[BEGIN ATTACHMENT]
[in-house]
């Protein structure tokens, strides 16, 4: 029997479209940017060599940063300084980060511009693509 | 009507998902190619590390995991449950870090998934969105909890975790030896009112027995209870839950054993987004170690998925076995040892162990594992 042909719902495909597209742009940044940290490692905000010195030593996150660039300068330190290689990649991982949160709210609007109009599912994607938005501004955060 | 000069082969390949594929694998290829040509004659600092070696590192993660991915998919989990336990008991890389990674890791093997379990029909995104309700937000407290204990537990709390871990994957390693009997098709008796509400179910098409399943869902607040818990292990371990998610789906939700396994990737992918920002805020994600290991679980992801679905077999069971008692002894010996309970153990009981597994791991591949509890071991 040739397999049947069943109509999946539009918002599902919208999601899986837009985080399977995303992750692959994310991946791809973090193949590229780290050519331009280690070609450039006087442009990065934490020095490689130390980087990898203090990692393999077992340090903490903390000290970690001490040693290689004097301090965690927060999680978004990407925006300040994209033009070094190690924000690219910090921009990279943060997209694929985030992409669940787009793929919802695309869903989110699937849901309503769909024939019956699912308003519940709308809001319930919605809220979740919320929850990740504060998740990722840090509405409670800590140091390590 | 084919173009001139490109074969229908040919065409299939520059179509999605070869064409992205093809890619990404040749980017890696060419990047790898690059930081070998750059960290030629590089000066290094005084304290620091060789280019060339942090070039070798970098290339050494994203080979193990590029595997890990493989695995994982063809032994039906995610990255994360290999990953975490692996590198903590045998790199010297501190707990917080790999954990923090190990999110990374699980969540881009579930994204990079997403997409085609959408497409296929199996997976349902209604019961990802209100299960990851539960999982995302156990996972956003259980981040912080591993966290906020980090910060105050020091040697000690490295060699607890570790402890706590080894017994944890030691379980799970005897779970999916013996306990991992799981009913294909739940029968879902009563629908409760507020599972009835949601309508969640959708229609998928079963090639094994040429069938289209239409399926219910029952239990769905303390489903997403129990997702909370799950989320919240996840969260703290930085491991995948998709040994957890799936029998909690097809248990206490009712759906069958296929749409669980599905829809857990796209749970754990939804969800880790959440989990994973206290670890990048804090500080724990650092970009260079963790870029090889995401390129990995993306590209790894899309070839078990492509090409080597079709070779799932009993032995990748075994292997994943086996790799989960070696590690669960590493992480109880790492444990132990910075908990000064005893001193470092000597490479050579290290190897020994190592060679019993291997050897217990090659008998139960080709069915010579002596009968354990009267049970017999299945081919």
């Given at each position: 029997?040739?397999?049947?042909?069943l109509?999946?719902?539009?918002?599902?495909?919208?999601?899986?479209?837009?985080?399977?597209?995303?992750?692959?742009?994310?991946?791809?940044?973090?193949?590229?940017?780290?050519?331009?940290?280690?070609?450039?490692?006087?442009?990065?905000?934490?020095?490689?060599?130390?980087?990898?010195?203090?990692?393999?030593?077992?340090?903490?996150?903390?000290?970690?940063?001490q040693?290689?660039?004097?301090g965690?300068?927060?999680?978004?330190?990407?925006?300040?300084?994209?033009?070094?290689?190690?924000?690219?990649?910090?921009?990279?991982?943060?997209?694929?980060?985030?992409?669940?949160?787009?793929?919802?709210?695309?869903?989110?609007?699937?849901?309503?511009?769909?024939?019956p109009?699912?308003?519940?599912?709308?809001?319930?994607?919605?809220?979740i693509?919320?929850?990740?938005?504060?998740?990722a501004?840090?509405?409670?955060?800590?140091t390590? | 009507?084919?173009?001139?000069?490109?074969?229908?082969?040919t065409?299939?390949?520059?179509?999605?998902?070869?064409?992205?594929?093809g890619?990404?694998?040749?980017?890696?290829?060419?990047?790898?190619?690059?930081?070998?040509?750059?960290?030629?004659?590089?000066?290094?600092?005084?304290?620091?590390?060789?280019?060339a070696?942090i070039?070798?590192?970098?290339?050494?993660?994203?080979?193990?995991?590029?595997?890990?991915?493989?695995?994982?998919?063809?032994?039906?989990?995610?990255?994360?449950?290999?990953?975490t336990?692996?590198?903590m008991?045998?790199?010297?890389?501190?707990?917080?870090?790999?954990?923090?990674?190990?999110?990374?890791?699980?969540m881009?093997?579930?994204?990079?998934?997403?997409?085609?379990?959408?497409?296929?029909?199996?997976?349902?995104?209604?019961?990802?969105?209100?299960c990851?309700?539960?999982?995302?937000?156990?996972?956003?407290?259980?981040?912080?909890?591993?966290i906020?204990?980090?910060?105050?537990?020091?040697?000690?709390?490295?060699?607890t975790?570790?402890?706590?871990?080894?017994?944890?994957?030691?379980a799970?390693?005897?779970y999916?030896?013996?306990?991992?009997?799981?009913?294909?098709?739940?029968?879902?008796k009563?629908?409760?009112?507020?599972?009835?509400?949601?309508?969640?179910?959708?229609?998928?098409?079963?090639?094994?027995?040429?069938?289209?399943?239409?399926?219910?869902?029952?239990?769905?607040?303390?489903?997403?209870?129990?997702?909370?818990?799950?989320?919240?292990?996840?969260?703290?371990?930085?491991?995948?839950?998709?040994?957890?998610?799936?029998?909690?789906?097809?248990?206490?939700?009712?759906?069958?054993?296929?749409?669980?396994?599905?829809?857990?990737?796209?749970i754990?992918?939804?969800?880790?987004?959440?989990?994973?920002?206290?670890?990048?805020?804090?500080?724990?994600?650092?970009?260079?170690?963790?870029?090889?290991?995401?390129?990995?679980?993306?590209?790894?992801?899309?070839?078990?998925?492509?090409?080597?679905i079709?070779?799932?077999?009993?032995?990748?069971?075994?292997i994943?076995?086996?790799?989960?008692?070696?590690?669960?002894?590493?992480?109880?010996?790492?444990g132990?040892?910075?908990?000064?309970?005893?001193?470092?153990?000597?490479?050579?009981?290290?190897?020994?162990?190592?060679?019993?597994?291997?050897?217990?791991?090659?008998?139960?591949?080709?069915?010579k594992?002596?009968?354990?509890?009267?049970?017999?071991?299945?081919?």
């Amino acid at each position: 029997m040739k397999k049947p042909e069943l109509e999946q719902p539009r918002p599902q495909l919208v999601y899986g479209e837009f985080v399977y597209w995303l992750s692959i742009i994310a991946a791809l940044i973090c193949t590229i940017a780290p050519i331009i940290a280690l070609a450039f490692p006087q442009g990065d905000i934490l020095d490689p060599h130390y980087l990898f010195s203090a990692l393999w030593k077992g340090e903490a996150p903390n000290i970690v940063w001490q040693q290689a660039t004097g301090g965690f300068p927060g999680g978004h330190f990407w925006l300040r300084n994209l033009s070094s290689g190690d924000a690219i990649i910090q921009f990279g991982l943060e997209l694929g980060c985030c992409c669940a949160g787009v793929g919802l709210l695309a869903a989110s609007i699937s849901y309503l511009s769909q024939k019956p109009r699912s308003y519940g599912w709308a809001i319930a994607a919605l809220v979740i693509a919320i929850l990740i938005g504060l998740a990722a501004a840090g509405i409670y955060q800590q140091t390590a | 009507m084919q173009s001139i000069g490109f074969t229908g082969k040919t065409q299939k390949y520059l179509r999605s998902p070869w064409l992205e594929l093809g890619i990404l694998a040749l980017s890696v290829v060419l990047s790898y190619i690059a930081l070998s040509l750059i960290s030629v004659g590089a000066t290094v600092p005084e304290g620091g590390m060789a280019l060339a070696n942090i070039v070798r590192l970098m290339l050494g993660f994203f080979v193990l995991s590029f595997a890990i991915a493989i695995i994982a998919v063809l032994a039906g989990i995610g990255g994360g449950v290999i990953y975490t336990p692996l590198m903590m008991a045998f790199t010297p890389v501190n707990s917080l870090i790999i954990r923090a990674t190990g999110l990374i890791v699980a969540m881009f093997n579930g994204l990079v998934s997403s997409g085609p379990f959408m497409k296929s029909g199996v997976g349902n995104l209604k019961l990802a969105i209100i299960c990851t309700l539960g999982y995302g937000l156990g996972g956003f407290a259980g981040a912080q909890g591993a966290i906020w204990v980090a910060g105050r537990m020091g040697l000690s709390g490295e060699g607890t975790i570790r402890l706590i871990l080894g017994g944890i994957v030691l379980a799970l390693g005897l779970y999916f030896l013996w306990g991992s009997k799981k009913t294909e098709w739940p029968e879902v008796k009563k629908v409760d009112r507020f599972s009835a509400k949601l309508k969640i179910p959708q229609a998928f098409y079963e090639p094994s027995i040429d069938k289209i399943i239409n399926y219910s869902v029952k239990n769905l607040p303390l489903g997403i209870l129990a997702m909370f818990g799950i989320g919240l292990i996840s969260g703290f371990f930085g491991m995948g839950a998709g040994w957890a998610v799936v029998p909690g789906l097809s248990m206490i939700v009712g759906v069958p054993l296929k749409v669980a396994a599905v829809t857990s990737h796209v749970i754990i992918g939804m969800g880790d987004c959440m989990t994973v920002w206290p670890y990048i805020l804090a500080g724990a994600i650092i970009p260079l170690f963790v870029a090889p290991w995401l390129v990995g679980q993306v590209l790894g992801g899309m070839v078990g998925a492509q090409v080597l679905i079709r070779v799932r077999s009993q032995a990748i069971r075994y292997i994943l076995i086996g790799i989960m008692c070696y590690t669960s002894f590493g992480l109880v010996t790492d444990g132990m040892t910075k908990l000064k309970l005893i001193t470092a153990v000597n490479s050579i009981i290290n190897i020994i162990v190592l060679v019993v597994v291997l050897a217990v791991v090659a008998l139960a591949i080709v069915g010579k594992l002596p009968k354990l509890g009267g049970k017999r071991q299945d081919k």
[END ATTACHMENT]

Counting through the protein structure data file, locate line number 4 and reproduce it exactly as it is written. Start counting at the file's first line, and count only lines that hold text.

């Amino acid at each position: 029997m040739k397999k049947p042909e069943l109509e999946q719902p539009r918002p599902q495909l919208v999601y899986g479209e837009f985080v399977y597209w995303l992750s692959i742009i994310a991946a791809l940044i973090c193949t590229i940017a780290p050519i331009i940290a280690l070609a450039f490692p006087q442009g990065d905000i934490l020095d490689p060599h130390y980087l990898f010195s203090a990692l393999w030593k077992g340090e903490a996150p903390n000290i970690v940063w001490q040693q290689a660039t004097g301090g965690f300068p927060g999680g978004h330190f990407w925006l300040r300084n994209l033009s070094s290689g190690d924000a690219i990649i910090q921009f990279g991982l943060e997209l694929g980060c985030c992409c669940a949160g787009v793929g919802l709210l695309a869903a989110s609007i699937s849901y309503l511009s769909q024939k019956p109009r699912s308003y519940g599912w709308a809001i319930a994607a919605l809220v979740i693509a919320i929850l990740i938005g504060l998740a990722a501004a840090g509405i409670y955060q800590q140091t390590a | 009507m084919q173009s001139i000069g490109f074969t229908g082969k040919t065409q299939k390949y520059l179509r999605s998902p070869w064409l992205e594929l093809g890619i990404l694998a040749l980017s890696v290829v060419l990047s790898y190619i690059a930081l070998s040509l750059i960290s030629v004659g590089a000066t290094v600092p005084e304290g620091g590390m060789a280019l060339a070696n942090i070039v070798r590192l970098m290339l050494g993660f994203f080979v193990l995991s590029f595997a890990i991915a493989i695995i994982a998919v063809l032994a039906g989990i995610g990255g994360g449950v290999i990953y975490t336990p692996l590198m903590m008991a045998f790199t010297p890389v501190n707990s917080l870090i790999i954990r923090a990674t190990g999110l990374i890791v699980a969540m881009f093997n579930g994204l990079v998934s997403s997409g085609p379990f959408m497409k296929s029909g199996v997976g349902n995104l209604k019961l990802a969105i209100i299960c990851t309700l539960g999982y995302g937000l156990g996972g956003f407290a259980g981040a912080q909890g591993a966290i906020w204990v980090a910060g105050r537990m020091g040697l000690s709390g490295e060699g607890t975790i570790r402890l706590i871990l080894g017994g944890i994957v030691l379980a799970l390693g005897l779970y999916f030896l013996w306990g991992s009997k799981k009913t294909e098709w739940p029968e879902v008796k009563k629908v409760d009112r507020f599972s009835a509400k949601l309508k969640i179910p959708q229609a998928f098409y079963e090639p094994s027995i040429d069938k289209i399943i239409n399926y219910s869902v029952k239990n769905l607040p303390l489903g997403i209870l129990a997702m909370f818990g799950i989320g919240l292990i996840s969260g703290f371990f930085g491991m995948g839950a998709g040994w957890a998610v799936v029998p909690g789906l097809s248990m206490i939700v009712g759906v069958p054993l296929k749409v669980a396994a599905v829809t857990s990737h796209v749970i754990i992918g939804m969800g880790d987004c959440m989990t994973v920002w206290p670890y990048i805020l804090a500080g724990a994600i650092i970009p260079l170690f963790v870029a090889p290991w995401l390129v990995g679980q993306v590209l790894g992801g899309m070839v078990g998925a492509q090409v080597l679905i079709r070779v799932r077999s009993q032995a990748i069971r075994y292997i994943l076995i086996g790799i989960m008692c070696y590690t669960s002894f590493g992480l109880v010996t790492d444990g132990m040892t910075k908990l000064k309970l005893i001193t470092a153990v000597n490479s050579i009981i290290n190897i020994i162990v190592l060679v019993v597994v291997l050897a217990v791991v090659a008998l139960a591949i080709v069915g010579k594992l002596p009968k354990l509890g009267g049970k017999r071991q299945d081919k």